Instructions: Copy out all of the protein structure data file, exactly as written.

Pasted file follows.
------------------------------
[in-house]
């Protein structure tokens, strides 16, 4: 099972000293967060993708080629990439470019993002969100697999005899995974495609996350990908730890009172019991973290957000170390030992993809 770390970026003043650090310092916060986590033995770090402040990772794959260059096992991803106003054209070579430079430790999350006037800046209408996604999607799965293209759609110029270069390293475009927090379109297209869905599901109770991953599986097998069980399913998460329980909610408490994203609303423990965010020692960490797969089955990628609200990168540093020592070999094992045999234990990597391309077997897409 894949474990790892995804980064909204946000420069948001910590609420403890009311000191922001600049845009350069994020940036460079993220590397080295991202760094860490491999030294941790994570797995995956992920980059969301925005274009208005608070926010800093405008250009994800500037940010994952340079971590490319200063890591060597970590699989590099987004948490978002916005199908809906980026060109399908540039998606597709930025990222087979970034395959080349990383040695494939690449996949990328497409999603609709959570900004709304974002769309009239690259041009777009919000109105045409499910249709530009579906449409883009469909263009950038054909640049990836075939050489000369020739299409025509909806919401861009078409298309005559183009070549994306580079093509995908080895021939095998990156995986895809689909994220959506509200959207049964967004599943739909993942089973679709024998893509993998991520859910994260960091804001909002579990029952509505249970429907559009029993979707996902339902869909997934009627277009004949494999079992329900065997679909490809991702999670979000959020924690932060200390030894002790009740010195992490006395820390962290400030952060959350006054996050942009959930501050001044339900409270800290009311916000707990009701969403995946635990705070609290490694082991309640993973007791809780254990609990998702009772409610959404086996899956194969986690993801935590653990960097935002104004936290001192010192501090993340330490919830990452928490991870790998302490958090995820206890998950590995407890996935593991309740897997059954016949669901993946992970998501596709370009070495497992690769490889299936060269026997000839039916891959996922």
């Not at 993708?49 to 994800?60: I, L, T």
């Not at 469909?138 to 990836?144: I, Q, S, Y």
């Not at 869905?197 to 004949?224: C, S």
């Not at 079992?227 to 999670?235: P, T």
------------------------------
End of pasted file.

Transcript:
[in-house]
């Protein structure tokens, strides 16, 4: 099972000293967060993708080629990439470019993002969100697999005899995974495609996350990908730890009172019991973290957000170390030992993809 770390970026003043650090310092916060986590033995770090402040990772794959260059096992991803106003054209070579430079430790999350006037800046209408996604999607799965293209759609110029270069390293475009927090379109297209869905599901109770991953599986097998069980399913998460329980909610408490994203609303423990965010020692960490797969089955990628609200990168540093020592070999094992045999234990990597391309077997897409 894949474990790892995804980064909204946000420069948001910590609420403890009311000191922001600049845009350069994020940036460079993220590397080295991202760094860490491999030294941790994570797995995956992920980059969301925005274009208005608070926010800093405008250009994800500037940010994952340079971590490319200063890591060597970590699989590099987004948490978002916005199908809906980026060109399908540039998606597709930025990222087979970034395959080349990383040695494939690449996949990328497409999603609709959570900004709304974002769309009239690259041009777009919000109105045409499910249709530009579906449409883009469909263009950038054909640049990836075939050489000369020739299409025509909806919401861009078409298309005559183009070549994306580079093509995908080895021939095998990156995986895809689909994220959506509200959207049964967004599943739909993942089973679709024998893509993998991520859910994260960091804001909002579990029952509505249970429907559009029993979707996902339902869909997934009627277009004949494999079992329900065997679909490809991702999670979000959020924690932060200390030894002790009740010195992490006395820390962290400030952060959350006054996050942009959930501050001044339900409270800290009311916000707990009701969403995946635990705070609290490694082991309640993973007791809780254990609990998702009772409610959404086996899956194969986690993801935590653990960097935002104004936290001192010192501090993340330490919830990452928490991870790998302490958090995820206890998950590995407890996935593991309740897997059954016949669901993946992970998501596709370009070495497992690769490889299936060269026997000839039916891959996922």
């Not at 993708?49 to 994800?60: I, L, T």
């Not at 469909?138 to 990836?144: I, Q, S, Y």
């Not at 869905?197 to 004949?224: C, S």
């Not at 079992?227 to 999670?235: P, T």